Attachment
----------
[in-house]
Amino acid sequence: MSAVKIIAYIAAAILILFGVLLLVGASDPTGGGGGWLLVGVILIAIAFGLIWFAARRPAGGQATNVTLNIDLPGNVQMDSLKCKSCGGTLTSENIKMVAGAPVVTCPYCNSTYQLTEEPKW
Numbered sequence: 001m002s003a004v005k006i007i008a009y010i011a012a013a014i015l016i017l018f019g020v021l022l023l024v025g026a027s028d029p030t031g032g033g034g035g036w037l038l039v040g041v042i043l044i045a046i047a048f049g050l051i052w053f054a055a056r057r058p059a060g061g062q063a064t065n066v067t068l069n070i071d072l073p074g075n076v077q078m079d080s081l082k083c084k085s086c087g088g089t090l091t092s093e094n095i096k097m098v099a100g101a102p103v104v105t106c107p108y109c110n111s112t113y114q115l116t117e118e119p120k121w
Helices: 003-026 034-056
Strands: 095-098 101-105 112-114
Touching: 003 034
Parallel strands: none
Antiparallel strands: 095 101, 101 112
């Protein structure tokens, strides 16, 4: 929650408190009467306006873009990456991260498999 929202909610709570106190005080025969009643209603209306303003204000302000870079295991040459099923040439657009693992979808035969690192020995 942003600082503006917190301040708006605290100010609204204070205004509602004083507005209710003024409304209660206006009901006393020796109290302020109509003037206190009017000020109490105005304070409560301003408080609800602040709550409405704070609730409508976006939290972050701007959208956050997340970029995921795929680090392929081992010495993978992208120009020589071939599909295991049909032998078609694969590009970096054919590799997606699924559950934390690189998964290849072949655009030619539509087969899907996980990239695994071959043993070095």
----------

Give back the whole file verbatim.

[in-house]
Amino acid sequence: MSAVKIIAYIAAAILILFGVLLLVGASDPTGGGGGWLLVGVILIAIAFGLIWFAARRPAGGQATNVTLNIDLPGNVQMDSLKCKSCGGTLTSENIKMVAGAPVVTCPYCNSTYQLTEEPKW
Numbered sequence: 001m002s003a004v005k006i007i008a009y010i011a012a013a014i015l016i017l018f019g020v021l022l023l024v025g026a027s028d029p030t031g032g033g034g035g036w037l038l039v040g041v042i043l044i045a046i047a048f049g050l051i052w053f054a055a056r057r058p059a060g061g062q063a064t065n066v067t068l069n070i071d072l073p074g075n076v077q078m079d080s081l082k083c084k085s086c087g088g089t090l091t092s093e094n095i096k097m098v099a100g101a102p103v104v105t106c107p108y109c110n111s112t113y114q115l116t117e118e119p120k121w
Helices: 003-026 034-056
Strands: 095-098 101-105 112-114
Touching: 003 034
Parallel strands: none
Antiparallel strands: 095 101, 101 112
């Protein structure tokens, strides 16, 4: 929650408190009467306006873009990456991260498999 929202909610709570106190005080025969009643209603209306303003204000302000870079295991040459099923040439657009693992979808035969690192020995 942003600082503006917190301040708006605290100010609204204070205004509602004083507005209710003024409304209660206006009901006393020796109290302020109509003037206190009017000020109490105005304070409560301003408080609800602040709550409405704070609730409508976006939290972050701007959208956050997340970029995921795929680090392929081992010495993978992208120009020589071939599909295991049909032998078609694969590009970096054919590799997606699924559950934390690189998964290849072949655009030619539509087969899907996980990239695994071959043993070095």